Abraham sought God in the matter and God tells him to listen to Sarah for it was the right thing to do (21:12). God also reminds Abraham of the promise He made earlier in 17:20 regarding Ishmael; He will take care of Ishmael (21:13). Although it was hard for Abraham to do, he sent Hagar and Ishmael away knowing that God will indeed provide for them. Hagar wanders in the wilderness of Beer-sheba (an extensive desert located on the southern border of Palestine) (21:14).Ā 

As harsh as it may sound, sometimes, we have to put our family away for the glory of God.Ā 

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The water was all drank up and gone; weary and perhaps faint, Hagar lays her son under a shrub thinking that the end had probably come for Ishmael and she couldn’t bear to watch (21:15-16). God hears Ishmael’s anguish and sends help (21:17). Hagar and Ishmael being in distress in the wilderness serve a promise:Ā 

No matter how far we may wander – whether it’s in a desert or to the ends of the world – God would hear our cries for help.

God promises to take care of Ishmael (21:18) and He most certainly did for the descendants of Ishmael became the Arabic people. When God says He got you, there is no need to worry, for He got you. God opens Hagar’s eyes and she is directed to a well to replenish water (21:19). God protects Ishmael in the wilderness as he went from teenager to man and became skilled in the bow and arrow (archery); in short, he was a hunter (21:20). He dwelled in the wilderness of Paran (a city in Arabia Petraea) and his mother took him a wife from her native and worldly Egypt (21:21).

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“God is with thee”. Indeed, others saw God’s hand of blessing in Abraham’s life (21:22) and wanted to make a treaty with Abraham (21:23). Abraham takes the oath (21:24). Abraham informs Abimelech that his servants had deprived him of a usage of a well (21:25) although it was Abraham who dug it (26:15). However, Abimelech claims innocence in the matter and even blames Abraham for not informing him sooner (21:26). Satisfied with Abimelech’s answer, Abraham makes the covenant with the king (21:27) and presents him with gifts including 7 lambs which he set by themselves (21:28).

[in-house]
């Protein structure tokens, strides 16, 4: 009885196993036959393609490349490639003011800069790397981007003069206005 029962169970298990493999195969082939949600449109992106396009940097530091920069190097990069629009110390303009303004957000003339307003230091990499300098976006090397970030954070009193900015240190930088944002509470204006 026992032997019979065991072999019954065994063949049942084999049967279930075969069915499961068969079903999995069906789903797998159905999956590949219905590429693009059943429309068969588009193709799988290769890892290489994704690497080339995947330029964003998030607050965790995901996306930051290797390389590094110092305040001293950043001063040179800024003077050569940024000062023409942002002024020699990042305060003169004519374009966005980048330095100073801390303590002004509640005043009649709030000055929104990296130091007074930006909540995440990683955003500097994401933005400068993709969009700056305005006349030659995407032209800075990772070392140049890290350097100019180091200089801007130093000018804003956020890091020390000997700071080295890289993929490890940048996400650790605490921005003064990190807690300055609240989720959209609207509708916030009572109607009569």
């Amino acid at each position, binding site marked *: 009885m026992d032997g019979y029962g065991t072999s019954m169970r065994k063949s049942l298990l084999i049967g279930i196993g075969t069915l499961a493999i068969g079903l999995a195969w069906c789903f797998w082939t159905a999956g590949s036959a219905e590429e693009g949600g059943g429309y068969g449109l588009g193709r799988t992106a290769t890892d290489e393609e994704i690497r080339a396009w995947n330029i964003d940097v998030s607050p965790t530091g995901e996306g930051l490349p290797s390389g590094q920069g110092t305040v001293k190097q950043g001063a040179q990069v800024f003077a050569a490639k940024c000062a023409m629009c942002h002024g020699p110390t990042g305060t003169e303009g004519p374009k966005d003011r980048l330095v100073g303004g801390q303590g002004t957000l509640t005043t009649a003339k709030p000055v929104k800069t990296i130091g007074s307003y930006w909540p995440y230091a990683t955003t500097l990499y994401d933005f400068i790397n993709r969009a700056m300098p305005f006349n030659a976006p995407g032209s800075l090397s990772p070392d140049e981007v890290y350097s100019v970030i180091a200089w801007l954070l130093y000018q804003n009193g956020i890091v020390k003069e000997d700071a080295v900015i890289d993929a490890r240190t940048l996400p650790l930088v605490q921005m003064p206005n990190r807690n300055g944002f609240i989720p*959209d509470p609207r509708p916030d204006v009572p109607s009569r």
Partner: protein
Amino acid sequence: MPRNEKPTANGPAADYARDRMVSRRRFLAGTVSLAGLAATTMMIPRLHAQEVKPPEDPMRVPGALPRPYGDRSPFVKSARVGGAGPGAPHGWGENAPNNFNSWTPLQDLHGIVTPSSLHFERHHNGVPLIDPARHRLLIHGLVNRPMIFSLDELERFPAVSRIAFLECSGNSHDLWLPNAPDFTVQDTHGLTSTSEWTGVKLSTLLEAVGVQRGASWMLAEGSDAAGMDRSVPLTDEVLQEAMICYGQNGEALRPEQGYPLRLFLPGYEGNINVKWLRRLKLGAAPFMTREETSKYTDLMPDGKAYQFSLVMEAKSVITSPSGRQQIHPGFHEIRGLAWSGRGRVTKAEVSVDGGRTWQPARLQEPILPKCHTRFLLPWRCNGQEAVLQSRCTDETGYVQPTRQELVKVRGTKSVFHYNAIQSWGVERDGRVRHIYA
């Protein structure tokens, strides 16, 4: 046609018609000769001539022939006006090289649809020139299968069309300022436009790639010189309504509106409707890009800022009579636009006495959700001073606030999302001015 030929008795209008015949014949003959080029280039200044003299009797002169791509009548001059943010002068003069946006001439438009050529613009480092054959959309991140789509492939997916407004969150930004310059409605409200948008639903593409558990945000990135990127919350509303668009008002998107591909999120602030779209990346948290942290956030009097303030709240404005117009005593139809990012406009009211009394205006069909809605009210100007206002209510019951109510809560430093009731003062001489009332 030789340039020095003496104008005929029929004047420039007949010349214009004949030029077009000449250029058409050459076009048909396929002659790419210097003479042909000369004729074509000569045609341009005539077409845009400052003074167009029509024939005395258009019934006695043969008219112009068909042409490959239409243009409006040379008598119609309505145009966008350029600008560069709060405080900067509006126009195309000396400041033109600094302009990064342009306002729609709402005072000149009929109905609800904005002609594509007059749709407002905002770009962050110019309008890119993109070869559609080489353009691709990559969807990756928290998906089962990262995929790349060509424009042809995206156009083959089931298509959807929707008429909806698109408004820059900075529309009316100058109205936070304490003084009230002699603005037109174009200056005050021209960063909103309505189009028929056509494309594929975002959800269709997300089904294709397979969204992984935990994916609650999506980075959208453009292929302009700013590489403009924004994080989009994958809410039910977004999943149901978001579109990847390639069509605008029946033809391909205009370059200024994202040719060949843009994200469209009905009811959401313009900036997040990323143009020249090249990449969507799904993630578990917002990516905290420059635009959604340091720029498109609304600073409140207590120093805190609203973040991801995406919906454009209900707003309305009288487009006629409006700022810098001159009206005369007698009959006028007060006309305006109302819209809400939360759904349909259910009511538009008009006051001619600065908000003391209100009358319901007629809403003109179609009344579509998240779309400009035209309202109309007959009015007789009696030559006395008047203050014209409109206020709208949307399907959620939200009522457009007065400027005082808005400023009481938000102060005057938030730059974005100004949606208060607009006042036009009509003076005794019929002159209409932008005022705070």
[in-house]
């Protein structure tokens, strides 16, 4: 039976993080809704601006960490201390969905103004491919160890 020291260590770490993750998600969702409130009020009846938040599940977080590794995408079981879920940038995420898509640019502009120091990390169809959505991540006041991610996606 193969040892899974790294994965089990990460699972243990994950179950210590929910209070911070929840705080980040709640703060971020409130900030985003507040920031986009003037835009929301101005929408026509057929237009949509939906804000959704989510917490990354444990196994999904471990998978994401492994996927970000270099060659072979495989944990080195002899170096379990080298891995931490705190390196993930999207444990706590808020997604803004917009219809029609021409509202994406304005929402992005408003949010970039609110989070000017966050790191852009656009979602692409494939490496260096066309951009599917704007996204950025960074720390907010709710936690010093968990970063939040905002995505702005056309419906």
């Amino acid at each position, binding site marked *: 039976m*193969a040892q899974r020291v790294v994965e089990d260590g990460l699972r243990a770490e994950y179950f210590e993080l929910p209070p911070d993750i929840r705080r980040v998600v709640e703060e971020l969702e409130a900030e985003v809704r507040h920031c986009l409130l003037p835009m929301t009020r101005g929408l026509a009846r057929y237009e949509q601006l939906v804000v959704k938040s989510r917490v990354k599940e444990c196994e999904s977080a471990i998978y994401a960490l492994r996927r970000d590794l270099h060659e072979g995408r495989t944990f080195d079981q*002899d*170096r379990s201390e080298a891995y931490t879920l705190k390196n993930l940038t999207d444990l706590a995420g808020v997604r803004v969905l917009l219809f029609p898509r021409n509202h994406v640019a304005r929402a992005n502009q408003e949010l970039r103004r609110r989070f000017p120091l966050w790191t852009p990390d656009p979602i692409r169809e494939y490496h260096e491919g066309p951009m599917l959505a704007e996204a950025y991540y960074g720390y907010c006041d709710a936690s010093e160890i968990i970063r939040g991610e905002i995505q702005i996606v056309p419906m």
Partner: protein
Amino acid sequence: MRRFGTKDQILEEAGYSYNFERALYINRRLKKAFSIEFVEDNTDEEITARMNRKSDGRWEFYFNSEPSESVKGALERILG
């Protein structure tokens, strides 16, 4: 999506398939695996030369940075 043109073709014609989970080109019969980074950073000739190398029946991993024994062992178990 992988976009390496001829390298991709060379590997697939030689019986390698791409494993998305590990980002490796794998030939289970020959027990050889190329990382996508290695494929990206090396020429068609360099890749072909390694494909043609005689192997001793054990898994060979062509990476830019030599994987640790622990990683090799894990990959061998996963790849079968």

Abimelech asked the meaning of the 7 lambs (21:29) and Abraham tells him that the gift of the animals was to prove that the well belonged to him (21:30). And the place was called Beer-sheba (21:31). Why? “Beer” signifies a well and “sheba” means seven. Therefore, “Beer-sheba” means “well of the oath”. Satisfied with the treaty, Abimelech andĀ his chief captain, Phichol, returns home (21:32). Abraham plants a grove (aĀ tamarisk tree) in a reminder of the treaty and calls upon the name of the true everlasting God (21:33).

And Abraham lived in the land of the Philistines many years (21:34).

Additional Notes/Recap

^ “for he is a prophet” (20:7). ThisĀ is the first time the Hebrew term for ā€œprophetā€ is used in Scripture. This also identifies that Abraham was recognized by God to speak on behalf ofĀ Abimelech.Ā 

^ In the Old Testament, we met a lot of people who were typologies for Christ including Abel and Isaac. Let’s compare Isaac and Christ:

* They were promised sons.

* Both were given names before they were born.Ā 

* Both births were miraculous

*Ā Both births occurred at God’s appointed time (via blueletterbible.org)

Also, this symbolism: Isaacā€™s obedience also anticipates Christ as the only begotten Son willing to be bound on the altar of sacrifice by His Father. (via bible-studys.org)

^ The difference between Ishmael and Isaac’s blessings? Ishmael’s blessing was a worldly and fleshy one whereas Isaac’s blessing was a spiritual one.Ā 

REFERENCES/AIDS

* The Holy BibleĀ 

* biblestudys.org

* blueletterbible.org

*** Images and GIFs via Google Search

Bible Study

Genesis part XII: wicked cities are destroyed and Lot is saved.

In case you missed it:

PART 11: Sarai’s name is changed and she is reproved for laughing

PART 10: The Promise of an Heir and Ishmael is Born

PART 9: God renews the promise and a kingly battle

PART 8: Language Confusion and Abram’s Blessing

PART 7: Noah’s Generation, a geographic history lesson

PART 6: Noah leaves the ark and God blesses him

PART 5: The wickedness of the world and the Great Flood

PART 4: The first murder and genealogy of the Patriarchs

PART 3: The Original Sin

PART 2: The making of mankind and the Sabbath

PART 1: Genesis: in the beginning

This is the day that the Lord has made, let us rejoice and be glad in it. Let us approach His Grace’s throne and seek forgiveness. Let us be thankful that we still have breath and let us pray for our fellowmen. Let us also enjoy the things that our Creator has given us freely such as the sweet singing of the birds.Ā